Haley Scott DeMaria

Archive for May, 2013


Two weeks ago, I was back on Notre Dame’s campus for commencement weekend. This year, I was a little more relaxed! I still had to speak, but to a much smaller group – for a much shorter time. However, the privilege to share in a small way this special weekend with our student-athletes was just as meaningful.

The Monogram Club hosted our 2nd Annual Fourth Quarter Farewell in the press box at Notre Dame Stadium. This Saturday morning gathering allowed us one last chance to congratulate our graduating student-athletes and their families on their dedicated careers here at Notre Dame. It also gave the athletes one last time with their teammates and coaches.

The speaking program was brief – as the shared friendships in the room were the heart of the event.

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    Today was Commissioning Day (“graduation” to us non-military folk) at the United States Naval Academy. For the past nine years we have had the privilege of being a Sponsor Family for Midshipmen at the Naval Academy. We love it, for so many reasons, and certainly today. Although, it’s bittersweet.

    Commissioning Week is a time of celebration for the Midshipmen at their families. Many families spend the entire week in Annapolis: renting homes or staying in hotels to attend the parties and celebrations to honor the graduates for an entire week. I can only imagine the pride the parents feel, as I know how proud I am as their “sponsor mom.”

    We sign up to “sponsor” two “plebes” (freshman) each year; which means at any given time we are sponsors to eight Midshipmen. Some come to our house often, some do not; but we try to provide a “home away from home” for those training to serve our country. It is not an easy path they have chosen, but it is an honorable one, and one worthy of our respect. Because of this, our children address each Midshipman by “Mr.” or “Ms.”

    This year, Mr. Jonathan was one of our Midshipman who was commissioned. He has been a part of our family in a special way for the past four years. While we loved having him visit our house on Saturdays, he also taught CRE (Catholic Religious Education classes – also called CCD) on Sundays at the Naval Academy, and to our son. He attended both our boys’ 1st Communions. So while we shared our home, we also shared our faith.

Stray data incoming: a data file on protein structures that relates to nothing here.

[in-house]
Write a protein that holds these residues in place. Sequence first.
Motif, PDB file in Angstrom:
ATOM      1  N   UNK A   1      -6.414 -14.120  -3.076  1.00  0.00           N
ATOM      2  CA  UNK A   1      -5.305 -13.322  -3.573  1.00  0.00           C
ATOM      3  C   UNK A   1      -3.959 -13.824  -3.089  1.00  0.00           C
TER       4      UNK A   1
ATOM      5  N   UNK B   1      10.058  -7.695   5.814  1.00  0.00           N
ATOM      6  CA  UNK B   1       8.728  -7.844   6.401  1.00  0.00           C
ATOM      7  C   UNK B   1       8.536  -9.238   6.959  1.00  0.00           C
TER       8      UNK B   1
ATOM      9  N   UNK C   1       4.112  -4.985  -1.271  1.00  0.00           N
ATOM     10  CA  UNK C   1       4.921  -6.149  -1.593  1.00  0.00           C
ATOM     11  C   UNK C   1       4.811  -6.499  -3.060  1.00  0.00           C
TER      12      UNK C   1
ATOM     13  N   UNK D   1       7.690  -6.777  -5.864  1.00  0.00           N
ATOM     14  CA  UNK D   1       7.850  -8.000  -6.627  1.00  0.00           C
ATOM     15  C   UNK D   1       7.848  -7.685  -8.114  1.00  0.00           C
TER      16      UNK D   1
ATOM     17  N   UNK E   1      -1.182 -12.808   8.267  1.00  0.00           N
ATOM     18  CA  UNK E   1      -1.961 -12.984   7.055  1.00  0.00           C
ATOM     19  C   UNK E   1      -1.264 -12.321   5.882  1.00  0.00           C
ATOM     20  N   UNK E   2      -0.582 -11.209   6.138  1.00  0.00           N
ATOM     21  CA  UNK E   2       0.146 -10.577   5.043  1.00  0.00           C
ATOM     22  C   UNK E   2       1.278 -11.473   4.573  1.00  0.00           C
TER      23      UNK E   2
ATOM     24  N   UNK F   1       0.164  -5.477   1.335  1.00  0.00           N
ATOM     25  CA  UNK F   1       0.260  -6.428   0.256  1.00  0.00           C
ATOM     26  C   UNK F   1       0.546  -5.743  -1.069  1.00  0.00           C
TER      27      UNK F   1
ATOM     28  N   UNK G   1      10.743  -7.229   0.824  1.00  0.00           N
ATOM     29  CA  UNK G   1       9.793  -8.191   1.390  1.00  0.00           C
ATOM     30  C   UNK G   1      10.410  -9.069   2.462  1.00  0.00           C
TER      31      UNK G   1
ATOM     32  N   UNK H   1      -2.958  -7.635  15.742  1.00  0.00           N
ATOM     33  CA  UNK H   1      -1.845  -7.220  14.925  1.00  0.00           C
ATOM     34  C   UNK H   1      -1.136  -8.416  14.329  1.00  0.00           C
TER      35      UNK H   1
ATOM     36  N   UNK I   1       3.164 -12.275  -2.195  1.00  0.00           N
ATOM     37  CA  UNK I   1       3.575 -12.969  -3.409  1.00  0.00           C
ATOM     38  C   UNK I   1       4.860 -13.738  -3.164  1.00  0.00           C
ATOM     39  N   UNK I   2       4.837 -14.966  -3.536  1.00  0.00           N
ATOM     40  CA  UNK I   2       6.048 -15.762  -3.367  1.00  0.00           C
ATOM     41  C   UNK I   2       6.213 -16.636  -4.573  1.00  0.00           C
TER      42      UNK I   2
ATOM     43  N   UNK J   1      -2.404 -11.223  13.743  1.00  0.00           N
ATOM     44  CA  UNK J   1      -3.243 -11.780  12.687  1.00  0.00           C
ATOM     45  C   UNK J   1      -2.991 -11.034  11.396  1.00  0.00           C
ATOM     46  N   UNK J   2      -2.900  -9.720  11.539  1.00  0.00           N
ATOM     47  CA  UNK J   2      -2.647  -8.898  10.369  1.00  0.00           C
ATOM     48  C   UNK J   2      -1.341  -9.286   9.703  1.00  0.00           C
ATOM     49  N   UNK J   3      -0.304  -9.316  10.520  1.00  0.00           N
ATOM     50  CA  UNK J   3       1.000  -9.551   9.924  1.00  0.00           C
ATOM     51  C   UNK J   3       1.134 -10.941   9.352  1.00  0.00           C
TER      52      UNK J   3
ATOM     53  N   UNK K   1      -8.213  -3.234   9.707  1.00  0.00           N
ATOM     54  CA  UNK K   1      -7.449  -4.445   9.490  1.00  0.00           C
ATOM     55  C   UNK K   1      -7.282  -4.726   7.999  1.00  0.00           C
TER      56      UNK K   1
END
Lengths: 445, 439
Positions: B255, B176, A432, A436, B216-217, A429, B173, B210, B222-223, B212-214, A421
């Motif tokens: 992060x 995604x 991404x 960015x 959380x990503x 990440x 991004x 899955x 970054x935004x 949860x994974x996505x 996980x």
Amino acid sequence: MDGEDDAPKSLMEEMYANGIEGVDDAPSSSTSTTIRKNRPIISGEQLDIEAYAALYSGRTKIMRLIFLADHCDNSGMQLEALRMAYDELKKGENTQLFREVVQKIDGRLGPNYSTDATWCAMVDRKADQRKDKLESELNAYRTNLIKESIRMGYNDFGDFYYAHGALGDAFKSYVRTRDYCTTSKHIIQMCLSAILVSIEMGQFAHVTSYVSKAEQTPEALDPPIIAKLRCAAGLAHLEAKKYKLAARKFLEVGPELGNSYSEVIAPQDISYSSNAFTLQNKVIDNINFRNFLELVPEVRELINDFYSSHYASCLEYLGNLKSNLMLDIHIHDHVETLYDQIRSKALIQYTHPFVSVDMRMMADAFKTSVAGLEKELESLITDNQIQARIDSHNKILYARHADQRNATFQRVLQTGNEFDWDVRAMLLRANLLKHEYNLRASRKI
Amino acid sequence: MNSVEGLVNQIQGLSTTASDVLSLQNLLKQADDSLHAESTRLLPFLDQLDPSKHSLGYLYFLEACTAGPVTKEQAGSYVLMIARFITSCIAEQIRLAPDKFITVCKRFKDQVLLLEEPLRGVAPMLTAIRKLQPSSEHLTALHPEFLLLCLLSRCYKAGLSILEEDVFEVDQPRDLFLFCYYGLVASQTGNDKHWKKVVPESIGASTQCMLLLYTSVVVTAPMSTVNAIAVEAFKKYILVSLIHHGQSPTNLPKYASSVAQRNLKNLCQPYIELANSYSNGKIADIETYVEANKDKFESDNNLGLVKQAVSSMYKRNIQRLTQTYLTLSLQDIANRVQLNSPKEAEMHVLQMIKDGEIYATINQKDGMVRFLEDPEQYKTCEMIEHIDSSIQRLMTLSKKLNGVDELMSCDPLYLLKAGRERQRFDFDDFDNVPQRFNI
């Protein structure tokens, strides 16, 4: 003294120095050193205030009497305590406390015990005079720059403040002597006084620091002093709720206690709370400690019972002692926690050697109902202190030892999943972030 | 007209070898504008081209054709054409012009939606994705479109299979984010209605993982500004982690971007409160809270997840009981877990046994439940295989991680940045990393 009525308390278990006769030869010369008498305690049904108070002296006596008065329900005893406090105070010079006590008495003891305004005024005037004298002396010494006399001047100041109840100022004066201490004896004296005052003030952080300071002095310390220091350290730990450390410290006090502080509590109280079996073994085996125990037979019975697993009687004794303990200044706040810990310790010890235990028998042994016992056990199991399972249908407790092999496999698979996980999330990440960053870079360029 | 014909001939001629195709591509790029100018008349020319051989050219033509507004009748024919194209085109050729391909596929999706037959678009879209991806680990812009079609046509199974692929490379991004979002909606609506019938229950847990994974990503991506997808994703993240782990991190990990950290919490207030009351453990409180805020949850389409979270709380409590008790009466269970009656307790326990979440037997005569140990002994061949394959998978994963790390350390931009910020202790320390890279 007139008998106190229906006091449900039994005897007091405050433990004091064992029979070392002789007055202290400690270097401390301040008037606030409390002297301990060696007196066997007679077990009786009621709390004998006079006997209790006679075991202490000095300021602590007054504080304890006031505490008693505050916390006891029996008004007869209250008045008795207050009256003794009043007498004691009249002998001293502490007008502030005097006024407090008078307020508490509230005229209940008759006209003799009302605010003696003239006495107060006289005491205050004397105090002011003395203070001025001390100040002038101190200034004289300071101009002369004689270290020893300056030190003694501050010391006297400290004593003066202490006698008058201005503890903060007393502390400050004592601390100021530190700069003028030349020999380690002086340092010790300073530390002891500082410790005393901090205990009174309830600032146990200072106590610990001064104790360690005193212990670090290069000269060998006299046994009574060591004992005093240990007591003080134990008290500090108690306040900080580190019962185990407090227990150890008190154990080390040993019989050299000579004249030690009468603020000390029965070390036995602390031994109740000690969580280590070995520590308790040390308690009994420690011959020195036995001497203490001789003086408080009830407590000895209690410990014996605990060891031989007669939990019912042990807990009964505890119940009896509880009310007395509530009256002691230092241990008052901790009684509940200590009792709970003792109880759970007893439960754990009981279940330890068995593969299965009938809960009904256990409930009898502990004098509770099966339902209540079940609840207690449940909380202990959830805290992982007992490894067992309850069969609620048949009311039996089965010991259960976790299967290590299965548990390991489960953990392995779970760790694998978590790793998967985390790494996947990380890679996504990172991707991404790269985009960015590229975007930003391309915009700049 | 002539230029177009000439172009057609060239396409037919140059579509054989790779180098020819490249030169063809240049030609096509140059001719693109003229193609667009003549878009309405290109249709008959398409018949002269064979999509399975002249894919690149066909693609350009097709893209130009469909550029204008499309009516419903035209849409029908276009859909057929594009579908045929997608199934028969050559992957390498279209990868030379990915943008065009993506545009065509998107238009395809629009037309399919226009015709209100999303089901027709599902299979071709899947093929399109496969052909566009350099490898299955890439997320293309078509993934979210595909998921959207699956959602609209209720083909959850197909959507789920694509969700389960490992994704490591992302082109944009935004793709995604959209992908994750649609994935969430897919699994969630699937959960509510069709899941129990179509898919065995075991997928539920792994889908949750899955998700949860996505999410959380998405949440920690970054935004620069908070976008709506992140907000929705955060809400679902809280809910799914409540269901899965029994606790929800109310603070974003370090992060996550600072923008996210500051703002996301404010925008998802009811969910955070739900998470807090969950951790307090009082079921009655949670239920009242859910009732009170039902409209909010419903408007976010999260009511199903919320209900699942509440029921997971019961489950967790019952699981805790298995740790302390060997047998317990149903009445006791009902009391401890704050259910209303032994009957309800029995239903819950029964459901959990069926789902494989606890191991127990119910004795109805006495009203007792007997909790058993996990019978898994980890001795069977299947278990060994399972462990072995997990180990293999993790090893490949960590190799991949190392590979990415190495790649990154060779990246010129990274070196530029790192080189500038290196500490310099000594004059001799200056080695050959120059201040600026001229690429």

Mr. Jonathon was Commissioned today as a Naval Ensign. He had friends and family members travel from all over the country to celebrate with him. Many of these family members have not seen him much over the past four years. This is where we are so privileged: we have the honor of watching these young men and women enter as 18-year-old “kids” and graduate as 22-year-old officers. The transformation is uplifting and leaves me confident in the leadership of our military.

    So today, as members of the USNA class of 2013 were Commissioned as officers, I reflected on the person Mr. Jonathan has become, as well as thought about the other Midshipmen who have left our home. I miss them all. I am a teary mess during Commissioning. And I try to keep my distance. This is a time for family; this is a time for me to take a back seat. These young men have spent four years at our house, but away from their families. I am happy during this most special week to take a step back and respect the sacrifices these families have made. I am content just knowing we have – perhaps – made their four years a bit easier, or comfortable, or at least a bit more entertaining.